Behavioral medicine is an interdisciplinary field including the sciences of biology, psychology, physiology, nutrition, and nursing, to name a few. While the definition varies between professionals and sciences, behavioral medicine is largely defined as the environmental approach to treatment of disease and other health related conditions. Behavior analysts, while having huge potential to contribute to the growing field of behavioral medicine, publish most of their work in behavior analytic journals, exclusively. This soloed approach to the science of behavior analysis makes dissemination and collaboration between fields challenging, especially a field like behavioral medicine, where the contributions are largely interdisciplinary. This paper presentation examines the recent trends in behavior analysis with regard to behavioral medicine, behavioral medicine journal publications, and presentations at the Society of Behavioral Medicine and the Association for Behavior Analysis International conferences. An analysis of Behavioral Medicine as an independent science will be provided and recommendations for conducting and disseminating interdisciplinary behavior analytic work between will be discussed.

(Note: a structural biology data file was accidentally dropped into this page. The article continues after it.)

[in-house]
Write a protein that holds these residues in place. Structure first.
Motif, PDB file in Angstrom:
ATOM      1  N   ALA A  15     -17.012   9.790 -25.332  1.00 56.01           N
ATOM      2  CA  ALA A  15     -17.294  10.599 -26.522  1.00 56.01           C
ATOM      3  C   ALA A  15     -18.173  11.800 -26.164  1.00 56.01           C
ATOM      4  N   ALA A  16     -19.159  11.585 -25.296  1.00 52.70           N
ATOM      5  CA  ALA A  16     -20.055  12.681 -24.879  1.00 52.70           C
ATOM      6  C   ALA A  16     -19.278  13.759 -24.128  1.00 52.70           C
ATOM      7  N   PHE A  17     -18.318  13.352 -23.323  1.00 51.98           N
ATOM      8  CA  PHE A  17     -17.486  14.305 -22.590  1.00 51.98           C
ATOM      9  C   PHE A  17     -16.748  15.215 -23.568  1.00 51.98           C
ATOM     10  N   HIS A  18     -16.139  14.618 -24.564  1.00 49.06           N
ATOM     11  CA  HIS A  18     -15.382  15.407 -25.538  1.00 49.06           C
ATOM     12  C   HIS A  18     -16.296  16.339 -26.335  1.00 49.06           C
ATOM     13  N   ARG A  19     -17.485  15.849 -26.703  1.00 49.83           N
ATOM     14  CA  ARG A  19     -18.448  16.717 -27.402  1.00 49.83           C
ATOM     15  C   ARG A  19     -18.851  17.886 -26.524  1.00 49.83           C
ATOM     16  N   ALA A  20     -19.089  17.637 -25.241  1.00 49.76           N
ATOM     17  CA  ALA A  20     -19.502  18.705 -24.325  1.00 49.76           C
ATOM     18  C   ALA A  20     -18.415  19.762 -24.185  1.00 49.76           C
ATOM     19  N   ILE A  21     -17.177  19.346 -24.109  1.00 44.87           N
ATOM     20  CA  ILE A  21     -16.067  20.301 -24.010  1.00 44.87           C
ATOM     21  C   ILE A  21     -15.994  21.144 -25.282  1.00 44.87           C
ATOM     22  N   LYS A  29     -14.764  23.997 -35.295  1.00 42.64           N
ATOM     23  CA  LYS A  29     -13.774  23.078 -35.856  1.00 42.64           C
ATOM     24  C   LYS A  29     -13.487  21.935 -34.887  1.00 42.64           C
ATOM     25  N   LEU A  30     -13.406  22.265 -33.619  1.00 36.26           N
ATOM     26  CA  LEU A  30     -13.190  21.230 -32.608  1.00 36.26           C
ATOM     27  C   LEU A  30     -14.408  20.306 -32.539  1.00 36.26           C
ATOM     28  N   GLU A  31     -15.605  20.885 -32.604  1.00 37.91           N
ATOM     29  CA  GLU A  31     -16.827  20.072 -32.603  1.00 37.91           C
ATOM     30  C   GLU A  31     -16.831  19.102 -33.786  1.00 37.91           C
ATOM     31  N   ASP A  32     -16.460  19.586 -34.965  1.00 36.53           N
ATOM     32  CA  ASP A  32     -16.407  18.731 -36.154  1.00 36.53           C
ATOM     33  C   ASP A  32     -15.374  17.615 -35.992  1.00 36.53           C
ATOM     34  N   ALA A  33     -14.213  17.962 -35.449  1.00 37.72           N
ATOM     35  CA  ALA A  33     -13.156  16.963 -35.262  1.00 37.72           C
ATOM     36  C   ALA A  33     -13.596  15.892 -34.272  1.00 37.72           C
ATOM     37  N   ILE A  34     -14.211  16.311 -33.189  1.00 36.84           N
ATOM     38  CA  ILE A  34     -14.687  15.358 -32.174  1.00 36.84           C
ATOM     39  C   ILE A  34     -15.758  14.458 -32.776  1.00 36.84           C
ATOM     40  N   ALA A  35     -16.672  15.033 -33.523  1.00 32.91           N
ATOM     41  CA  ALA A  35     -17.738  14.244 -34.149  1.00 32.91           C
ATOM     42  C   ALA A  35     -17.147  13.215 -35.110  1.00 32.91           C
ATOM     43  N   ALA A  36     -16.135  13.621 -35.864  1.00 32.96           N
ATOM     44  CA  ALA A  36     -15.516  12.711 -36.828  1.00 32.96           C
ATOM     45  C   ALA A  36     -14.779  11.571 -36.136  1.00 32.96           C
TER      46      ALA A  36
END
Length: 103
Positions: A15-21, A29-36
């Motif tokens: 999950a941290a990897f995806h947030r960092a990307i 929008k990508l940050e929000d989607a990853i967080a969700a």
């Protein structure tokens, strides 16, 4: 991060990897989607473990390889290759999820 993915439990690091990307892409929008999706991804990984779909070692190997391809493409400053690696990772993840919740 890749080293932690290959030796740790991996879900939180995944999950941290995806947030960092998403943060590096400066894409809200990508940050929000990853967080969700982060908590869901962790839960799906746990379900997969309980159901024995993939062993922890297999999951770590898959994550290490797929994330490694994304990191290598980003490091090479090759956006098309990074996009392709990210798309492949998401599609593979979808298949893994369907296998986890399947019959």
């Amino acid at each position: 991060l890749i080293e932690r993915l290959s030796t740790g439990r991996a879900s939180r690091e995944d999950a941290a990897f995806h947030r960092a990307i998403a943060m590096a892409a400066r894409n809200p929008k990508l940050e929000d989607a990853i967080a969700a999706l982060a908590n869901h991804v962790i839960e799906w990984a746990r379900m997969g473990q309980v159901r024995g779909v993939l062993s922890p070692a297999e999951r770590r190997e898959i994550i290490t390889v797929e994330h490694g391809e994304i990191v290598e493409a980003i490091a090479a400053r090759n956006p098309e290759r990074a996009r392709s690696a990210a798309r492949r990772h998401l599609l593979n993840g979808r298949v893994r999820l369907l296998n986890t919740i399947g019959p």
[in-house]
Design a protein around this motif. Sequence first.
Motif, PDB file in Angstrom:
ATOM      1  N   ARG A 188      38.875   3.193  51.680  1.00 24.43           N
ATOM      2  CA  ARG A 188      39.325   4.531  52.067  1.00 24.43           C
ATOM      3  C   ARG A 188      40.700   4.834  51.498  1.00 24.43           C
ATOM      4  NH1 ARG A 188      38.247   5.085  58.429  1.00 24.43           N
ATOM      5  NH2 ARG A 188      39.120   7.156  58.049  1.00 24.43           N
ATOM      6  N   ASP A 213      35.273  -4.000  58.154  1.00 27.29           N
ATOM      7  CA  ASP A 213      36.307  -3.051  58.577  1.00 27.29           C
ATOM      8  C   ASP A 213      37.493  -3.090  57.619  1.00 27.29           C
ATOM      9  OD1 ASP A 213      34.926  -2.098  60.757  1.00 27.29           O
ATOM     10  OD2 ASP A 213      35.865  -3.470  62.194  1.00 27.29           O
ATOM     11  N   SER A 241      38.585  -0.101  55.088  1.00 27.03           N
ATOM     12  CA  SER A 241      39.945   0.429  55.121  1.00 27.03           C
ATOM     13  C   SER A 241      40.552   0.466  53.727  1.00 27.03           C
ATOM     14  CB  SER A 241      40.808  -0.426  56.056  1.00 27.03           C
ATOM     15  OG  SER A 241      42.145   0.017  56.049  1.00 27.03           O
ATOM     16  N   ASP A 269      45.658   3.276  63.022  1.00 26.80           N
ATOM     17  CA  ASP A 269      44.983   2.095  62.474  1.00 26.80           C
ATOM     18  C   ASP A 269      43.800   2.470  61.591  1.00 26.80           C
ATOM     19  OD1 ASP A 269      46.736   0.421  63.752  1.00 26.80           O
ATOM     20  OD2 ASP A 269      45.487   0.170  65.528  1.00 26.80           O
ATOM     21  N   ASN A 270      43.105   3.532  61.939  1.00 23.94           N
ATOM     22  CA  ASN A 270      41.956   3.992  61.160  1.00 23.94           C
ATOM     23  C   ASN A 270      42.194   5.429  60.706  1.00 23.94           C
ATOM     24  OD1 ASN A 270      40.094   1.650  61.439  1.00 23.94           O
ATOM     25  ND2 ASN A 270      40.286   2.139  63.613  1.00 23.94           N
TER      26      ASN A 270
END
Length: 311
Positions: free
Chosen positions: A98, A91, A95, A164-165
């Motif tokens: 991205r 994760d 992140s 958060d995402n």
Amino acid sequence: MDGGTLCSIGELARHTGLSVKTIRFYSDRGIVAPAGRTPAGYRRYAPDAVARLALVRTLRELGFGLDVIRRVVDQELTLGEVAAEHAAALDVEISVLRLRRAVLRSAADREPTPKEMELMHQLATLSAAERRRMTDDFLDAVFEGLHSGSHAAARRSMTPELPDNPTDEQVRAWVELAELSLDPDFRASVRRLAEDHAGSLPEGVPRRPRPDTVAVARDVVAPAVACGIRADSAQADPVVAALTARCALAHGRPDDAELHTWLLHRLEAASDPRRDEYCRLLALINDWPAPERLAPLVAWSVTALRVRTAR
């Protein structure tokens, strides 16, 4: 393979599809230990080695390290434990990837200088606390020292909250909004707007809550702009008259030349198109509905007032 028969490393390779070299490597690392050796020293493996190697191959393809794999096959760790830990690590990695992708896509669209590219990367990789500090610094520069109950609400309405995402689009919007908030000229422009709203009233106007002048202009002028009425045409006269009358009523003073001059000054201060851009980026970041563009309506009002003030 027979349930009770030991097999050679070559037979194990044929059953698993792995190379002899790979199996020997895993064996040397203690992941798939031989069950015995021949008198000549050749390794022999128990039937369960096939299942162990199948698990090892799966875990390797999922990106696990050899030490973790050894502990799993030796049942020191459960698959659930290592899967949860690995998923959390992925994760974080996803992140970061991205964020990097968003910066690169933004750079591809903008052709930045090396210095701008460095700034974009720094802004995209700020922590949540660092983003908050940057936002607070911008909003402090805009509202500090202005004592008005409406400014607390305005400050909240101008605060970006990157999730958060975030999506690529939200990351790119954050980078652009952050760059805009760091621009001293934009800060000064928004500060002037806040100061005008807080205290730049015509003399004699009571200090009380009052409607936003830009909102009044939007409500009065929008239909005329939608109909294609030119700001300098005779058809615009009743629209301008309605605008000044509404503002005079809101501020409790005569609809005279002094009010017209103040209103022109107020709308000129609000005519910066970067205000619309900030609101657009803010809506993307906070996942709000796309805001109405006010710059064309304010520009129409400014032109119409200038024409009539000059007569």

Pediatric encopresis is a childhood disorder that is extremely debilitating for children and their families, and it can be very difficult to treat successfully. Many children are resistant to initial treatment efforts, and currently there are no well-established evidence-based treatment recommendations for pediatric encopresis (van Dijk et al., 2007). The limited evidence on encopresis treatment suggests that protocols that include comprehensive behavioral interventions as well as intensive medical management strategies are the most successful (McGrath, Mellon, & Murphy, 2000). Additionally, there is little research about the influence of factors such as comorbid behavior problems, the quality of the parent-child relationship, and parental tolerance of the child on the course and the treatment of chronic encopresis. The present series of data analyses served to evaluate the effectiveness of a manualized, parent-administered treatment protocol for chronic encopresis and also investigate changes in important contextual factors (e.g., behavior problems, parental tolerance, quality of the parent-child relationship) across treatment. Eleven parents of children meeting diagnostic criteria for encopresis were included in the present research. Participants reported that their children (age range 4 to 10 years old; M = 7 years; SD = 2.12; 63% male) had been struggling with soiling for an average of about 36 months (SD = 20.94). Following one month of parent-administered treatment, all participants (100%) reported improvements in their child's soiling. Overall, participants reported an 81% reduction in soiling from baseline. The present research is associated with a cure rate of 45% (5 participants were accident-free for the last two weeks of data collection). Findings suggest that a parent-administered treatment for encopresis may not only be effective, it may work very quickly to reduce soiling episodes and to increase independently-initiated bowel movements. Results also indicate that the treatment of encopresis is associated with a reduction of parent-reported behavior problems (both internalizing and externalizing), changes in parental perceptions of the child's soiling, and stability in the parent-child relationship at post-treatment. The present research employed novel data collection techniques (with participants tracking behavior daily online), and findings contribute to a nuanced understanding of the encopretic child and his or her family.